Marijuana possession and distribution is illegal under both Texas and U.S. law. Texas law came first, with a 1919 law that banned possession of marijuana. Texas wasn’t the first state to ban marijuana, but it was in the handful of states that prohibited marijuana before the 1920s. The United States banned marijuana in the Marihuana Tax Act of 1937.

No Texas Changes Statewide
While many states have since softened their stances on marijuana, there have been no changes in Texas marijuana laws. Other states have medical marijuana programs. Some have even made marijuana a civil offense with great public support.

Texas isn’t having any of that. Marijuana is still just as illegal as ever in Texas and offenders can even face mandatory minimum jail terms. Texas even prohibits K2, spice, and other synthetic marijuana imitations. It’s even illegal to possess marijuana paraphernalia.

Local Policies
Even though marijuana remains illegal statewide, counties and cities are trying their own unique stances to respond to growing acceptance of the use of marijuana. Harris County is one example. In Harris county, if you’re caught with less than four ounces of marijuana, you can avoid criminal charges if you take an education class within ninety days of your offense. If you complete the class, you never face criminal charges.

There is also a legislative effort to decriminalize marijuana. Efforts to decriminalize marijuana in Texas have yet to garner much support. In any event, marijuana remains very much illegal in Texas, even in locations where law enforcement and district attorneys’ offices choose to offer leniency or diversion programs.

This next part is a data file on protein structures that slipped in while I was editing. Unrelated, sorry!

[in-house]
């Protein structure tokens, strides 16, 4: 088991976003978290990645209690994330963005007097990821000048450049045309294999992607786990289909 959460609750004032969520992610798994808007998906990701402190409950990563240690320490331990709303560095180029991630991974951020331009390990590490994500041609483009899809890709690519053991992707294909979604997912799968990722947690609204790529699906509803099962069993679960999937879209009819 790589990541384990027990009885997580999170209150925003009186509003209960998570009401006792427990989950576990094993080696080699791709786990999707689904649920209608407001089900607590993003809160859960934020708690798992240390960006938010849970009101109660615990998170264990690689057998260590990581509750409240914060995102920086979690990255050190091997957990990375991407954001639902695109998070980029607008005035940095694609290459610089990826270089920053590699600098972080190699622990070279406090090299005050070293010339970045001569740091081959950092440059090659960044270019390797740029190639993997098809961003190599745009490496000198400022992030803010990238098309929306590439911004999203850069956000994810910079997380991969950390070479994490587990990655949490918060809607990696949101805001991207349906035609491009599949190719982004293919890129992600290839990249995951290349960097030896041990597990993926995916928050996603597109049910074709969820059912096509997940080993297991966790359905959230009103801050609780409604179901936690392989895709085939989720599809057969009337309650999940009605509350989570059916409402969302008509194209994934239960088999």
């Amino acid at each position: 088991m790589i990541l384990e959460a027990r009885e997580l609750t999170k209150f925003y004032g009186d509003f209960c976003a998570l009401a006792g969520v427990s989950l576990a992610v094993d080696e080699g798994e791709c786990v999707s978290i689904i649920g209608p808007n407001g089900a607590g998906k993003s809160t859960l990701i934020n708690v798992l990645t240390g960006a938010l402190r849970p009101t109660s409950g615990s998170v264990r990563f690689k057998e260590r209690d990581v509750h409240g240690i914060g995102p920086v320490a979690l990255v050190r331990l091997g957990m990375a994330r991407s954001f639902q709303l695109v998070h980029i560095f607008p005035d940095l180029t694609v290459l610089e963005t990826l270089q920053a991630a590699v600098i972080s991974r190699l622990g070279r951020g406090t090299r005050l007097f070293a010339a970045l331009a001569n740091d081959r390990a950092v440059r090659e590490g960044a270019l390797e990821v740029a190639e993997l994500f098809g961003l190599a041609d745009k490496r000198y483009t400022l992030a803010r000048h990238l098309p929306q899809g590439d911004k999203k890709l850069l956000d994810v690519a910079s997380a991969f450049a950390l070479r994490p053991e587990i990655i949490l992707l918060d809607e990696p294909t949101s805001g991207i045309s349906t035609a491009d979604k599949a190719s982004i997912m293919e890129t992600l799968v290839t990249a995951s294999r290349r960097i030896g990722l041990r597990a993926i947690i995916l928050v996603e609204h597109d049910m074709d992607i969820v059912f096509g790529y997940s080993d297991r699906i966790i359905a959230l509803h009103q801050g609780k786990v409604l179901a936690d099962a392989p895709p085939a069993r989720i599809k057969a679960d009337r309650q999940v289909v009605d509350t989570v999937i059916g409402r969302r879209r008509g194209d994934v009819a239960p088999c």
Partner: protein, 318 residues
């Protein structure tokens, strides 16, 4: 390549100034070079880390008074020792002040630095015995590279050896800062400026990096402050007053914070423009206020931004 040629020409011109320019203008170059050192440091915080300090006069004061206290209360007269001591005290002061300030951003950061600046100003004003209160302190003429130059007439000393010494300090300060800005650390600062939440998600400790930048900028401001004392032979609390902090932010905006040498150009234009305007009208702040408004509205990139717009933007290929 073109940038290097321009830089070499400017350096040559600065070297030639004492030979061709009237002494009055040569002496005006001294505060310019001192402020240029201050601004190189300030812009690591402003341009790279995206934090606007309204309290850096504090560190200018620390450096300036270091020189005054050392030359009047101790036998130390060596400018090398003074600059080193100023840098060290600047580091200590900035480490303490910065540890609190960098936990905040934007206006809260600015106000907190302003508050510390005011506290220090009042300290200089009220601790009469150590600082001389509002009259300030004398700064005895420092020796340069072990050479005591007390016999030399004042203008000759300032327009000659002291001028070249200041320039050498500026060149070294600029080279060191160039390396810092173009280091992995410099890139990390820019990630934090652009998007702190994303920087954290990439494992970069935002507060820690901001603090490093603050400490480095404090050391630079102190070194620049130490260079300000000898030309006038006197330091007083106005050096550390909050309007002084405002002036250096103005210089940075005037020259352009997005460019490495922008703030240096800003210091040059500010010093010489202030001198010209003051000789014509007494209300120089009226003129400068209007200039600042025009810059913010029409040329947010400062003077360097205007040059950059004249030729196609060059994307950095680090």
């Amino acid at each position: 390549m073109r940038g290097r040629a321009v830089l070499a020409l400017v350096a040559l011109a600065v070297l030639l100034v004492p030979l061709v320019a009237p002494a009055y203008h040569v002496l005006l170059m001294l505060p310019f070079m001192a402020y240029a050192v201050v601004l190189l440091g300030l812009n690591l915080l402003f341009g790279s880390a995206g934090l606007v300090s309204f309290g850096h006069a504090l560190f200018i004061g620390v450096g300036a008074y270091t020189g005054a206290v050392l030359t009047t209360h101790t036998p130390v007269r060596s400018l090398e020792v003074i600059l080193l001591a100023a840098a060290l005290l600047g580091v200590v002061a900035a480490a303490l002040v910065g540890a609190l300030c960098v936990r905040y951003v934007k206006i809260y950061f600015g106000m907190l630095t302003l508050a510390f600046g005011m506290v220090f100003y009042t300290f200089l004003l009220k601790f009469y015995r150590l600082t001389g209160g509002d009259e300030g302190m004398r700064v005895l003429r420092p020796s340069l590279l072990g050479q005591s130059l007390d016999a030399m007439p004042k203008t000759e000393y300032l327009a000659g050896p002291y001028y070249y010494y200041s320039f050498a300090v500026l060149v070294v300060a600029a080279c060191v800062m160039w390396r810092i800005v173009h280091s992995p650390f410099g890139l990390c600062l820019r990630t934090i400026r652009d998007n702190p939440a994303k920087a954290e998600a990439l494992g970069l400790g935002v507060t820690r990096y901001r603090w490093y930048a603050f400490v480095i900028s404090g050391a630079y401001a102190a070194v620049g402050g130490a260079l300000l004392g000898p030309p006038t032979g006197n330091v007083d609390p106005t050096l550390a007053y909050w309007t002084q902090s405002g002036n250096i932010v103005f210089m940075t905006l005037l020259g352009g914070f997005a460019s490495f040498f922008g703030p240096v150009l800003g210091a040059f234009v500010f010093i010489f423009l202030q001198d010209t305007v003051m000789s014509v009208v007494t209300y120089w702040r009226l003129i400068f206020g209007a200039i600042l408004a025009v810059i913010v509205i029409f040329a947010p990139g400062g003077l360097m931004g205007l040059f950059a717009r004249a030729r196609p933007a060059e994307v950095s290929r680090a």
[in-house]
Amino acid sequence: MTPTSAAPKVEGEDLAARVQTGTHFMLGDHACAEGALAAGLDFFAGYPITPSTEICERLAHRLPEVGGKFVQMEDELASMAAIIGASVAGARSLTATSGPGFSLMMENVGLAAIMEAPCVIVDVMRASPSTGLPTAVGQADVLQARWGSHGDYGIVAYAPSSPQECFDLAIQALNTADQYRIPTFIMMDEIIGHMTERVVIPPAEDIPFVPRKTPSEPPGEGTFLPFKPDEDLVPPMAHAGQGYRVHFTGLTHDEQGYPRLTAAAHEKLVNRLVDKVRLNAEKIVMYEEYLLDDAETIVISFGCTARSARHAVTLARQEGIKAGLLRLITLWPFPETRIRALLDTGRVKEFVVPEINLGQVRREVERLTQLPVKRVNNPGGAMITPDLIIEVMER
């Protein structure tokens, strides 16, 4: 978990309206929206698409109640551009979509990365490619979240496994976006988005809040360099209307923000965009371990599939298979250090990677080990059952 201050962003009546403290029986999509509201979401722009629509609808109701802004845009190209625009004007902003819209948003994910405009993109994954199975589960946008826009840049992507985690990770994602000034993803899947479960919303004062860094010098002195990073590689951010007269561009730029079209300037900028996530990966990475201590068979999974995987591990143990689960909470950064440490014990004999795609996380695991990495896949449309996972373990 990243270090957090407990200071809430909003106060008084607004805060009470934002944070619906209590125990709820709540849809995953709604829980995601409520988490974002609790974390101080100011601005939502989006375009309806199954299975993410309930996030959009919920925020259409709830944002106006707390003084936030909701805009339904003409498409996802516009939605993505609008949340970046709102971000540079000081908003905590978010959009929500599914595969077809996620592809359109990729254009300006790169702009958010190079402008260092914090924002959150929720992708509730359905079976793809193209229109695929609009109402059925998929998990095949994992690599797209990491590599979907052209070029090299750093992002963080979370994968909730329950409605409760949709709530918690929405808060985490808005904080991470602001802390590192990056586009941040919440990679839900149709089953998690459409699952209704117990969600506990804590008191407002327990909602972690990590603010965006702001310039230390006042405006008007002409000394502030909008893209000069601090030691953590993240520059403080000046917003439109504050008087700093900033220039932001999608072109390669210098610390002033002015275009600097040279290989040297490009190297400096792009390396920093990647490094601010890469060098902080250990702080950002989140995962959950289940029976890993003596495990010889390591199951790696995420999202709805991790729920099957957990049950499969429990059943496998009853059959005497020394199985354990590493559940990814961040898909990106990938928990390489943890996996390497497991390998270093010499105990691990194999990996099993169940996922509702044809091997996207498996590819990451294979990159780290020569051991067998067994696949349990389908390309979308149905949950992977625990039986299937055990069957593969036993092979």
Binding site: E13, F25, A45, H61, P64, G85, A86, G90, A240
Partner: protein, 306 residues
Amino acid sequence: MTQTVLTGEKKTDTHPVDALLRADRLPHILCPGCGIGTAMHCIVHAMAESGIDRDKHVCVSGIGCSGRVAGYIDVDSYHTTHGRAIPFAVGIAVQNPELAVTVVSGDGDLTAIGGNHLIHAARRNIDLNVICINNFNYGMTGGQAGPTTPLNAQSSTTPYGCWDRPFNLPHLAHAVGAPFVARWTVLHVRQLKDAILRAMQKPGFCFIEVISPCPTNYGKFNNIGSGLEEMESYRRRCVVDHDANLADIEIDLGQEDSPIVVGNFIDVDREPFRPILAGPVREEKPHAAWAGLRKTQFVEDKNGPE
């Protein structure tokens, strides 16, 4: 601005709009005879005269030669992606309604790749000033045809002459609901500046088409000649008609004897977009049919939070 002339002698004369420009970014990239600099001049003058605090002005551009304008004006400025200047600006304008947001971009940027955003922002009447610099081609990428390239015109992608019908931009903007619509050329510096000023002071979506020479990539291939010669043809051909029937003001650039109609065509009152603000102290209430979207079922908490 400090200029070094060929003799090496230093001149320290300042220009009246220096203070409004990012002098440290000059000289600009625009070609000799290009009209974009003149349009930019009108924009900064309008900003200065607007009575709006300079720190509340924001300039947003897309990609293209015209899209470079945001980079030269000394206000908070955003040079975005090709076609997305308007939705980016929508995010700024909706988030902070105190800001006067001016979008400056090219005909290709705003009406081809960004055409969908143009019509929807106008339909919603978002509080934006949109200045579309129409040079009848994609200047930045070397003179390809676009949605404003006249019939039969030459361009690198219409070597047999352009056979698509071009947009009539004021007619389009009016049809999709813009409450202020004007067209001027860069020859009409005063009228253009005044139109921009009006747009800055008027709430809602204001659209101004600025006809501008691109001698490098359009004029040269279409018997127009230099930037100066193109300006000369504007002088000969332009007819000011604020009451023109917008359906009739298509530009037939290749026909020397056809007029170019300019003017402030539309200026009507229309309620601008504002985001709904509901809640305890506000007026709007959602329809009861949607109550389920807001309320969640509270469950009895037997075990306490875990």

Offenses and Penalties – Possession Charges
Possession of the smallest amounts of marijuana is punishable by up to 180 days in jail and a $2,000 fine. You can also receive a term of probation. The state can also suspend your driver’s license for up to 180 days.

As you possess increasing amounts of marijuana, the possible penalties grow. If you have more than two ounces of marijuana, you face a Class A misdemeanor that’s punishable by up to one year in jail. It comes with a $4,000 fine and the same potential license suspension.

If you have more than four ounces of marijuana, you can face mandatory minimum incarceration. That means that the judge has no choice but to put you in jail or prison for a certain period of time. At the largest amounts, possession of more than 2,000 pounds of marijuana is a felony punishable by not less than five and not more than ninety-nine years in prison.

Offenses and Penalties – Distribution Offenses
Penalties for distributing marijuana are even more strict than they are for possession. Giving away less than a quarter ounce of marijuana is a Class B misdemeanor that’s punishable by up to 180 days in jail. If you sell the same amount, it’s a Class A misdemeanor that can bring up to one year in jail. The most serious distribution brings a mandatory minimum sentence of ten years in prison. You face enhanced penalties if you sell to a minor or near a school.

There are several defenses that are still valid in marijuana cases. The police should follow search and seizure laws during any investigation. They should also read you your Miranda rights before interrogating you about the charges. If they don’t, the result can be dismissal of your charges. The police also need to test the substance to make sure that it’s marijuana and weigh it properly.

Because of the widespread, but inconsistent use of diversion and leniency programs, it can be helpful to work with a knowledgeable attorney if you’re facing these types of charges. An attorney likely knows what diversion programs are available to you. Taking advantage of a diversion program can mean the difference between a conviction on your criminal record and no record at all.